15. Nachum Sicherman, 1987. "Over-Education in the Labor Market," University of Chicago - George G. Stigler Center for Study of Economy and State 48, Chicago - Center for Study of Economy and State.
  16. Dunne, Timothy & Foster, Lucia & Haltiwanger, John C. & Troske, Kenneth, 2002. "Wage and Productivity Dispersion in U.S. Manufacturing: The Role of Computer Investment," IZA Discussion Papers 563, Institute for the Study of Labor (IZA).
  17. David Autor & Frank Levy & Richard Murnane, 2003. "The skill content of recent technological change: an empirical exploration," Proceedings, Federal Reserve Bank of San Francisco, issue Nov.
  18. Chinhui Juhn, 1994. "Wage Inequality and Industrial Change: Evidence from Five Decades," NBER Working Papers 4684, National Bureau of Economic Research, Inc.
  19. Teulings, Coen N, 2000. "Aggregation Bias in Elasticities of Substitution and the Minimum Wage Paradox," International Economic Review, Department of Economics, University of Pennsylvania and Osaka University Institute of Social and Economic Research Association, vol. 41(2), pages 359-98, May.
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  21. Spitz, Alexandra, 2003. "IT Capital, Job Content and Educational Attainment," ZEW Discussion Papers 03-04, ZEW - Zentrum für Europäische Wirtschaftsforschung / Center for European Economic Research.
  22. Murphy, Kevin M & Welch, Finis, 1993. "Occupational Change and the Demand for Skill, 1940-1990," American Economic Review, American Economic Association, vol. 83(2), pages 122-36, May.
  23. Juhn, Chinhui & Murphy, Kevin M & Pierce, Brooks, 1993. "Wage Inequality and the Rise in Returns to Skill," Journal of Political Economy, University of Chicago Press, vol. 101(3), pages 410-42, June.
  24. Henry S. Farber, 1997. "Job Creation in the United States: Good Jobs or Bad?," Working Papers 764, Princeton University, Department of Economics, Industrial Relations Section..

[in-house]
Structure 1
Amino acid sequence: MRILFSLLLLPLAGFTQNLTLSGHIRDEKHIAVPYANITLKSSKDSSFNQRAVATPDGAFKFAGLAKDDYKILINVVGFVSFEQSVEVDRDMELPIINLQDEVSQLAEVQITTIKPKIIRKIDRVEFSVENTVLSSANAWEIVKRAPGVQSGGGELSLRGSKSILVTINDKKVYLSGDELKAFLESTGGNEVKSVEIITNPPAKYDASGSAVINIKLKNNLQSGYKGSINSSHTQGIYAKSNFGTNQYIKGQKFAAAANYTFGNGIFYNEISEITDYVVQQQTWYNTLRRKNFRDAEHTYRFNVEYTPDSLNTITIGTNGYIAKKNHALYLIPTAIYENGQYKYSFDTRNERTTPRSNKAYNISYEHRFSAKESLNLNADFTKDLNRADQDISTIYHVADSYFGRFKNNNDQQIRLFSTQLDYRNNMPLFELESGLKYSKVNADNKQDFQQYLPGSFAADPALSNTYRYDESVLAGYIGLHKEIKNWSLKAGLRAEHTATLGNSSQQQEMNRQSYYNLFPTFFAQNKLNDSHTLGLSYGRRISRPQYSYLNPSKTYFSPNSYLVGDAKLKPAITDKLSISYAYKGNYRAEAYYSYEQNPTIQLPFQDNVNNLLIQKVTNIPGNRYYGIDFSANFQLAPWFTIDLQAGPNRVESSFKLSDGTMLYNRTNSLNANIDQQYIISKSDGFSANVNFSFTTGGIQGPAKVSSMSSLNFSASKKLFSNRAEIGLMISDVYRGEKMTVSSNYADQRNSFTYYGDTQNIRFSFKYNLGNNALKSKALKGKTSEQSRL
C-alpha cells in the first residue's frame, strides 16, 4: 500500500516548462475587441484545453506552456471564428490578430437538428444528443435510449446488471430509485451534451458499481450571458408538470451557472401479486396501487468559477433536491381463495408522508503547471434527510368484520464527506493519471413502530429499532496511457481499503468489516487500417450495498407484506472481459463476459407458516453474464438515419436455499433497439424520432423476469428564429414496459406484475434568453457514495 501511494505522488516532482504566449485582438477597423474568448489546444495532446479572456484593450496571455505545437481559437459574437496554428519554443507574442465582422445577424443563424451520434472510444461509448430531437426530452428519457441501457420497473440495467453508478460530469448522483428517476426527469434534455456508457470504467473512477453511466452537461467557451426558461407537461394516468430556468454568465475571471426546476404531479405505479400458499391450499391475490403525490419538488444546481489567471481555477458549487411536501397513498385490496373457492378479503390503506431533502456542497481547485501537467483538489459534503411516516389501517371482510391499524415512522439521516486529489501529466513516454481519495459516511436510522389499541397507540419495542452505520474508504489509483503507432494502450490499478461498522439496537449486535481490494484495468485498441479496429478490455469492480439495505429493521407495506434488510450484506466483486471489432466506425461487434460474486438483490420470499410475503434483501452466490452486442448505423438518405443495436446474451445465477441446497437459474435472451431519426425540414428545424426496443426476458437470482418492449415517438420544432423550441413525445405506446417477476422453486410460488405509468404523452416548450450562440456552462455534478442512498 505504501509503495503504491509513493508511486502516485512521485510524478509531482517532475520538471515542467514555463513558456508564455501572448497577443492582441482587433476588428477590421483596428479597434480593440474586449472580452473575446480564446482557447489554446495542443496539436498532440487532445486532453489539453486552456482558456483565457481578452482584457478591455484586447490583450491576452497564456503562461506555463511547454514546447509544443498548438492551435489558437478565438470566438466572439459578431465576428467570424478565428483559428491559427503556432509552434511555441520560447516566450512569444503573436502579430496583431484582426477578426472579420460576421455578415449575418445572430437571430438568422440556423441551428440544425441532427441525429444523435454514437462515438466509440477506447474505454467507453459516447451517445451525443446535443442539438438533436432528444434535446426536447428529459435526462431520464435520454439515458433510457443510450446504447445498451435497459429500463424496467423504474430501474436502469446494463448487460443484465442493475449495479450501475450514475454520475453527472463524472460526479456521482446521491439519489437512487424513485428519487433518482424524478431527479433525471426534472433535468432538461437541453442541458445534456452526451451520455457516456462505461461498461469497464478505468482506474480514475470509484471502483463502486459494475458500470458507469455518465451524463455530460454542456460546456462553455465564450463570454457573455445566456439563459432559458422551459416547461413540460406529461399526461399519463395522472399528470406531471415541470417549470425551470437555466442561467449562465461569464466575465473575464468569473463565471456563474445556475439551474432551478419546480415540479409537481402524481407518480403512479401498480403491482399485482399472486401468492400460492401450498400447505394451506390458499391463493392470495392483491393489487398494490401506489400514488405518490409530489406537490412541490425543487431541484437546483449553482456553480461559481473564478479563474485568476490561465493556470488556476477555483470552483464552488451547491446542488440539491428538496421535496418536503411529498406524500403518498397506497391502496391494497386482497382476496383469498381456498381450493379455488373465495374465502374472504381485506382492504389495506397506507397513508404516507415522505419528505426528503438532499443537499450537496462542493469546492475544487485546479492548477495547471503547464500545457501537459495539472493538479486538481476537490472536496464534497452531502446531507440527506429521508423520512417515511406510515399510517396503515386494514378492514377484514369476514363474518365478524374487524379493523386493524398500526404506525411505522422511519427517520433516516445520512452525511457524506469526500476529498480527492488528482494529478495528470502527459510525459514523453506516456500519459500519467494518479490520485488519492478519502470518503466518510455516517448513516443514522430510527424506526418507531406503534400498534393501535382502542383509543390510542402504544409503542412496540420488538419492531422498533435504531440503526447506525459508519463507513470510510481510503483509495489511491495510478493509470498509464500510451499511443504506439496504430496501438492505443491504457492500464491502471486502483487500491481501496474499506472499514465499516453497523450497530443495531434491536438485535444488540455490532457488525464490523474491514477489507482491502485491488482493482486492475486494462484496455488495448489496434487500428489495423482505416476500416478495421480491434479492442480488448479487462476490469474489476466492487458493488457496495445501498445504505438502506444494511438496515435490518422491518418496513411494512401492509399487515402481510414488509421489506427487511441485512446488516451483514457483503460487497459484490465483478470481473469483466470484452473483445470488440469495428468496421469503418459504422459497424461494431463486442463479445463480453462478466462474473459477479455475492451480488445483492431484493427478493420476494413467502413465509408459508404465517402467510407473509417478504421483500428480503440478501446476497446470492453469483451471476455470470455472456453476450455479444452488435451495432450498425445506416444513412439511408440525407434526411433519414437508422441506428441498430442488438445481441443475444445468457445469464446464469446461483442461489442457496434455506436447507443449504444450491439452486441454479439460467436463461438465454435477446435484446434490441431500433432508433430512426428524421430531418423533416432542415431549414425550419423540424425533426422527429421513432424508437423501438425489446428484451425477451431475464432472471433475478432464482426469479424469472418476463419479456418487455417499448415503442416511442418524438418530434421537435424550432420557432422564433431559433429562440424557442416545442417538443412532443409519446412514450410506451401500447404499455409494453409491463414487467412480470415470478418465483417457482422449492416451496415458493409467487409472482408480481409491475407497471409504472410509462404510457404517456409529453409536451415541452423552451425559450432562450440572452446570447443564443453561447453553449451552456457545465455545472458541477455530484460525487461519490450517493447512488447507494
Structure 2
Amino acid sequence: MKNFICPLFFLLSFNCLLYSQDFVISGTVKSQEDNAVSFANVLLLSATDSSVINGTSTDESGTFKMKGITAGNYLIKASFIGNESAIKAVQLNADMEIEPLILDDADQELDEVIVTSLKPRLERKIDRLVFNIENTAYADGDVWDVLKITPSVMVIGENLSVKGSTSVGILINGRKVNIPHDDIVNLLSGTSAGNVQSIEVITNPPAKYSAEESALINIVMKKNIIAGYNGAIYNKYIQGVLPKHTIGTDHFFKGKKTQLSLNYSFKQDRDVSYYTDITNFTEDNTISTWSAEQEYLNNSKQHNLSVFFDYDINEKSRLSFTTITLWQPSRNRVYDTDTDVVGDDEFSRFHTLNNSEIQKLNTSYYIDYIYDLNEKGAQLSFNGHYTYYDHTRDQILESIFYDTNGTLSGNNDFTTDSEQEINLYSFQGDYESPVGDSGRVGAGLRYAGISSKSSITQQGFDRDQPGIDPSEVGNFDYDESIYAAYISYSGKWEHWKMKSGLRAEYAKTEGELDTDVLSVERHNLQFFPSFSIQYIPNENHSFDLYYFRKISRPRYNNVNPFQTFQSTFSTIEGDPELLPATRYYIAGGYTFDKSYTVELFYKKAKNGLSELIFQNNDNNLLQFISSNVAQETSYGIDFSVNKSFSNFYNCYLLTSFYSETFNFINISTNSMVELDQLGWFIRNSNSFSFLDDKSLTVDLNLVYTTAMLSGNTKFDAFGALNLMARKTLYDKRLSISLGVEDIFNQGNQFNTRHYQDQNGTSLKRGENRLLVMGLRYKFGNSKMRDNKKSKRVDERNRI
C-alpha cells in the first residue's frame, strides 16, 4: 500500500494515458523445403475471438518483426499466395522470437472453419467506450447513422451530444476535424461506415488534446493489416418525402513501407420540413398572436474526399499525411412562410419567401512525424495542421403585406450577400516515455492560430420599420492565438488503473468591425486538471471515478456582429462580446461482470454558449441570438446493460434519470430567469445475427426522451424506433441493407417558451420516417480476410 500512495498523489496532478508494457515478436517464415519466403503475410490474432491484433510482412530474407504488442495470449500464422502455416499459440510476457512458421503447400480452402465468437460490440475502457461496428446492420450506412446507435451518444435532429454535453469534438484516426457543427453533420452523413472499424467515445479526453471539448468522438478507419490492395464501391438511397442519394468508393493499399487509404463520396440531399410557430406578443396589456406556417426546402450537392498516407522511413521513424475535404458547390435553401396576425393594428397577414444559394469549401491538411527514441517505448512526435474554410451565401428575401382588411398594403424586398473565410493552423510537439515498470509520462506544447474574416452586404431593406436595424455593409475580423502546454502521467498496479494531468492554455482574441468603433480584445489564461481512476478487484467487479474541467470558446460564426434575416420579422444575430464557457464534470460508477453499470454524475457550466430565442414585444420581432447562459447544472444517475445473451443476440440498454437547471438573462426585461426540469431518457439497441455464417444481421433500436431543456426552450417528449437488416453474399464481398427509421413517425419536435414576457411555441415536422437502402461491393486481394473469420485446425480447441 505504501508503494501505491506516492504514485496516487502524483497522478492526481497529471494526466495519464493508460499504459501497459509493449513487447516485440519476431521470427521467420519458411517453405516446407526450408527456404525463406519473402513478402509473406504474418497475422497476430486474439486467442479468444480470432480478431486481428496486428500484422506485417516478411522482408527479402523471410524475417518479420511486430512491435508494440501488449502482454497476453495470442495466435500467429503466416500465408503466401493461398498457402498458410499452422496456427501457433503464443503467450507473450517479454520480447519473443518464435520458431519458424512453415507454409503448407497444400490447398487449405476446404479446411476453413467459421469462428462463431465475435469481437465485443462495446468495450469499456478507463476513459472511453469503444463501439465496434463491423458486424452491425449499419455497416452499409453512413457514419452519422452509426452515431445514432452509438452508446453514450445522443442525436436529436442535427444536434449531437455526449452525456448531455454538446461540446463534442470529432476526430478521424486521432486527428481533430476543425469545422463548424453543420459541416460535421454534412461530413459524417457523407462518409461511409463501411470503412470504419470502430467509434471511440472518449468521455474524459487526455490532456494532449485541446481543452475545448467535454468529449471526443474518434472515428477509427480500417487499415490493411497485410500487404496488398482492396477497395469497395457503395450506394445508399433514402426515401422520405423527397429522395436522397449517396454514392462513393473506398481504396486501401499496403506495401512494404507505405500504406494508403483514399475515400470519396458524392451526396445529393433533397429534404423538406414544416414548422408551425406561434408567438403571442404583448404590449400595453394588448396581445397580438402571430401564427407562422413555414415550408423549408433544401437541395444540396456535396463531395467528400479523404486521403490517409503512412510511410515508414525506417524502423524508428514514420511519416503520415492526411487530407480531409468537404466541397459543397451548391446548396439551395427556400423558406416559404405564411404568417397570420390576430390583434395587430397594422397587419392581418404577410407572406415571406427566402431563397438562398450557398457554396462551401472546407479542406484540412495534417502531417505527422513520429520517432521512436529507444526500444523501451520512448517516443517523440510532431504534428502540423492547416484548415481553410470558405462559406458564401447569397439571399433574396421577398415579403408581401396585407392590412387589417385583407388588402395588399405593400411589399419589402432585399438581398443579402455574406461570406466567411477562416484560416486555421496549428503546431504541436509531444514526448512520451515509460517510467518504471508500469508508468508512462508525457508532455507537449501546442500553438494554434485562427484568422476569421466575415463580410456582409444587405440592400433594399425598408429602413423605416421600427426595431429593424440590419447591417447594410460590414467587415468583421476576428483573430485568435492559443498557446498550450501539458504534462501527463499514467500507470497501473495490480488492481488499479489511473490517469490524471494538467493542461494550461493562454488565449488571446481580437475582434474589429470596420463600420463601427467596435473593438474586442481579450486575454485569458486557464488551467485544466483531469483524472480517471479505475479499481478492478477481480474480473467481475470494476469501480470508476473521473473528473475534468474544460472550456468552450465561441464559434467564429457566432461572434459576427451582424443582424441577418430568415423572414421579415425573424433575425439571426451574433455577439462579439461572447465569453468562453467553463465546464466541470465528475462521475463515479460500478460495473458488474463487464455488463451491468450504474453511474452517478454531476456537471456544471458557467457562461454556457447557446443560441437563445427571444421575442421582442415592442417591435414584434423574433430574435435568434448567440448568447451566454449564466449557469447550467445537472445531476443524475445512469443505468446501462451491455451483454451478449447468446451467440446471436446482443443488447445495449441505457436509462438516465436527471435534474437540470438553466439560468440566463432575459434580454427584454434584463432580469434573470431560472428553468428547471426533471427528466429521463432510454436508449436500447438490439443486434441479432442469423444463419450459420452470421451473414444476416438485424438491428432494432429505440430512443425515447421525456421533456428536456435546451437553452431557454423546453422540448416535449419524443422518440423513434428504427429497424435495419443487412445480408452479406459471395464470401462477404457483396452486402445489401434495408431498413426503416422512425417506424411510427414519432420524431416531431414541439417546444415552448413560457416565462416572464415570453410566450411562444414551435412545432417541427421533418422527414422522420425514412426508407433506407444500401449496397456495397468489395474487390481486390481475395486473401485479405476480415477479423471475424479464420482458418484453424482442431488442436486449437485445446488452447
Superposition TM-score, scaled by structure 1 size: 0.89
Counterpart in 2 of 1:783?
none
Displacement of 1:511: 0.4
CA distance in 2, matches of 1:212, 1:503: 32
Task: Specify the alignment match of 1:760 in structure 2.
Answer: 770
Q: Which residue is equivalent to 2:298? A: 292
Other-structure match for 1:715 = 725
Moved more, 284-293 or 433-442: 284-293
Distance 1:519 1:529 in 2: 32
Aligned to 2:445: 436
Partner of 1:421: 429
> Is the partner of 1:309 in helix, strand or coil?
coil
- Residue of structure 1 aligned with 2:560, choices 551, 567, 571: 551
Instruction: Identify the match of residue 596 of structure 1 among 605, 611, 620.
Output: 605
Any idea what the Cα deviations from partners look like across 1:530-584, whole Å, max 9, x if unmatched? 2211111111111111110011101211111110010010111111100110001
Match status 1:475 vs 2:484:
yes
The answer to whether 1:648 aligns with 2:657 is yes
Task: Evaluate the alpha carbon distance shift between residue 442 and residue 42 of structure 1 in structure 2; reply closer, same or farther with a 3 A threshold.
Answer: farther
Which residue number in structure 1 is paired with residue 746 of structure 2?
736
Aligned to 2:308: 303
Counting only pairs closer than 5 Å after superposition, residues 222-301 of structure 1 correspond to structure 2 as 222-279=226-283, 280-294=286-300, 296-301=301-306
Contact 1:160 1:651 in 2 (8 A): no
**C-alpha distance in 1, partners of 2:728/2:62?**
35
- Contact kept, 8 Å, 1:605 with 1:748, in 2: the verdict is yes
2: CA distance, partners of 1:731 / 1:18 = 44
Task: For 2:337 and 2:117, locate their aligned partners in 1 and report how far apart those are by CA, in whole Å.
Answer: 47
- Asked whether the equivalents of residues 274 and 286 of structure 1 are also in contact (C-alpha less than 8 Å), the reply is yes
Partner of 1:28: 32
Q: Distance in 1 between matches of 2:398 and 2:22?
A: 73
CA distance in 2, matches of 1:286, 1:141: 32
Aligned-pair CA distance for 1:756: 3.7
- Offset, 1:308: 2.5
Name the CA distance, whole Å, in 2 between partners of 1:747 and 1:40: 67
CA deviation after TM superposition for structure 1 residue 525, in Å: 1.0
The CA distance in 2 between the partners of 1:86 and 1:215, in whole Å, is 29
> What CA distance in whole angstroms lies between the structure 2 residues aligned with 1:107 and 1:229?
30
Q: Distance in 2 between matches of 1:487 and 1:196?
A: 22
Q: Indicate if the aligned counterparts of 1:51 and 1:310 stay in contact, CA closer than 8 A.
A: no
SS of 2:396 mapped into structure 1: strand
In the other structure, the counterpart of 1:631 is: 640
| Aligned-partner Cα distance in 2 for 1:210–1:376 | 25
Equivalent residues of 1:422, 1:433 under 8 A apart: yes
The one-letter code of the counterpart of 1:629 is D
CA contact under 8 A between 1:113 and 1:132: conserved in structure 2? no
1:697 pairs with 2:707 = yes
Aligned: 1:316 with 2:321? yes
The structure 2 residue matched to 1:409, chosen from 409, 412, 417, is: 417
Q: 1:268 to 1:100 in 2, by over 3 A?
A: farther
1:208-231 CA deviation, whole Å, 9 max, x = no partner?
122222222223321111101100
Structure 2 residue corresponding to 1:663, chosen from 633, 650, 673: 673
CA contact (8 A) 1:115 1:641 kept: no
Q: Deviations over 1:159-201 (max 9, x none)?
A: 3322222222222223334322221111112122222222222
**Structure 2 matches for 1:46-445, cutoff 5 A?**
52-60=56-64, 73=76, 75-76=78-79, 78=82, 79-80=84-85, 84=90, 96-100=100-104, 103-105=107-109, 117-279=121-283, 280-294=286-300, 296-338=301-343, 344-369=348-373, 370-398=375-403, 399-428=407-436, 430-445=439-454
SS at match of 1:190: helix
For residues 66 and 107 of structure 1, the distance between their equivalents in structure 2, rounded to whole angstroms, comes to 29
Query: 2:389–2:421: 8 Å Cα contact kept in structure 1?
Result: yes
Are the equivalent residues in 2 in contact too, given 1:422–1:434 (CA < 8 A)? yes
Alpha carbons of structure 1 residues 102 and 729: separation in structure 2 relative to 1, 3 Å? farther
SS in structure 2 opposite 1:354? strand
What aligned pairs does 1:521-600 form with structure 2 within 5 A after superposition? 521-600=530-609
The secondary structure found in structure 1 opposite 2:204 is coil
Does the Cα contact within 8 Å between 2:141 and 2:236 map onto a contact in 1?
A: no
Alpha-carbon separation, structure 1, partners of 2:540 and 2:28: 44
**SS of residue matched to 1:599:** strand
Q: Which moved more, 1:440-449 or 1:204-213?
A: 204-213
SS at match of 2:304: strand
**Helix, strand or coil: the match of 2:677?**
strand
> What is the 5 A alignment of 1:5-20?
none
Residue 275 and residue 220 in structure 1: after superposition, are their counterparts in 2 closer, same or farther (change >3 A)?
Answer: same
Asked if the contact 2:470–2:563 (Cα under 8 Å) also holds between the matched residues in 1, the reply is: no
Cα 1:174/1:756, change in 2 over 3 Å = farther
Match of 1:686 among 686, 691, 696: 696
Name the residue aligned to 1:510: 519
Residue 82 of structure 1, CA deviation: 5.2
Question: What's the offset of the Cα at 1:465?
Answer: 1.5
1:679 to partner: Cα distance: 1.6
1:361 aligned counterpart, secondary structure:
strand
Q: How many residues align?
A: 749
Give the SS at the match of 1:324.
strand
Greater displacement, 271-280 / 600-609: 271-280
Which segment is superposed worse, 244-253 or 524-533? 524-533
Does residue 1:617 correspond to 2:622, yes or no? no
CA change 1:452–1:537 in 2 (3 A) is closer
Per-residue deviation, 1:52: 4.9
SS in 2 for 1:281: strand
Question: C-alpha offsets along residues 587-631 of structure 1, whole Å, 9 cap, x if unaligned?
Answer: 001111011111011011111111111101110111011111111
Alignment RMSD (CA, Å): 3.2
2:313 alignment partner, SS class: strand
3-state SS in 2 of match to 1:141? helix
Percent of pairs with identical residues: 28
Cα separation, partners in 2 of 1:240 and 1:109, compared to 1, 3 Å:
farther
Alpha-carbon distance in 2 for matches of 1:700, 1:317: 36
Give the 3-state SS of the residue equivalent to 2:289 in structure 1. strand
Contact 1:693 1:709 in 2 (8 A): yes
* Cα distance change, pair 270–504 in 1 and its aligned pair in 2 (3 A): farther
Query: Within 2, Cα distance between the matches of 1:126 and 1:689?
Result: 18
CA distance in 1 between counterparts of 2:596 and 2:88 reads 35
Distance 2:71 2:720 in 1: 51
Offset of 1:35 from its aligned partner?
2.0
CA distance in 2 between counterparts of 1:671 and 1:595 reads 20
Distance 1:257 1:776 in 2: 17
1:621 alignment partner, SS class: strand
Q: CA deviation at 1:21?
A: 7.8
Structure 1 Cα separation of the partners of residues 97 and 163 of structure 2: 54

25. Acemoglu, Daron, 2001. "Good Jobs versus Bad Jobs," Journal of Labor Economics, University of Chicago Press, vol. 19(1), pages 1-21, January.
  26. Hellerstein, Judith K & Neumark, David & Troske, Kenneth R, 1999. "Wages, Productivity, and Worker Characteristics: Evidence from Plant-Level Production Functions and Wage Equations," Journal of Labor Economics, University of Chicago Press, vol. 17(3), pages 409-46, July.
  27. Katz, Lawrence F. & Autor, David H., 1999. "Changes in the wage structure and earnings inequality," Handbook of Labor Economics, in: O. Ashenfelter & D. Card (ed.), Handbook of Labor Economics, edition 1, volume 3, chapter 26, pages 1463-1555 Elsevier.
  28. Levy, Frank & Murnane, Richard J, 1992. "U.S. Earnings Levels and Earnings Inequality: A Review of Recent Trends and Proposed Explanations," Journal of Economic Literature, American Economic Association, vol. 30(3), pages 1333-81, September.
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Citations

Blog mentions

As found by EconAcademics.org, the blog aggregator for Economics research:
  1. Profesiones con o sin empleo: la polarización ocupacional
    by Florentino Felgueroso in Nada Es Gratis on 2011-05-08 13:22:40
  2. Immigration and employment: two sides of the same coin
    by Bridget Anderson, Professor of Migration and Citizenship at University of Oxford in The Conversation on 2013-08-15 05:40:24
  3. Rather than protecting the UK labour market, the clampdown on immigration may be compelling citizens to take on lower quality work
    by Blog Admin in British Politics and Policy at LSE on 2013-08-22 07:00:46
  4. Machines on the march threaten almost half of modern jobs
    by Carl Frey, James Martin Research Fellow at University of Oxford in The Conversation on 2013-09-23 05:38:39
  5. Improving technology now means that nearly 50 percent of occupations in the US are under threat of computerisation
    by Blog Admin in British Politics and Policy at LSE on 2013-10-05 17:00:06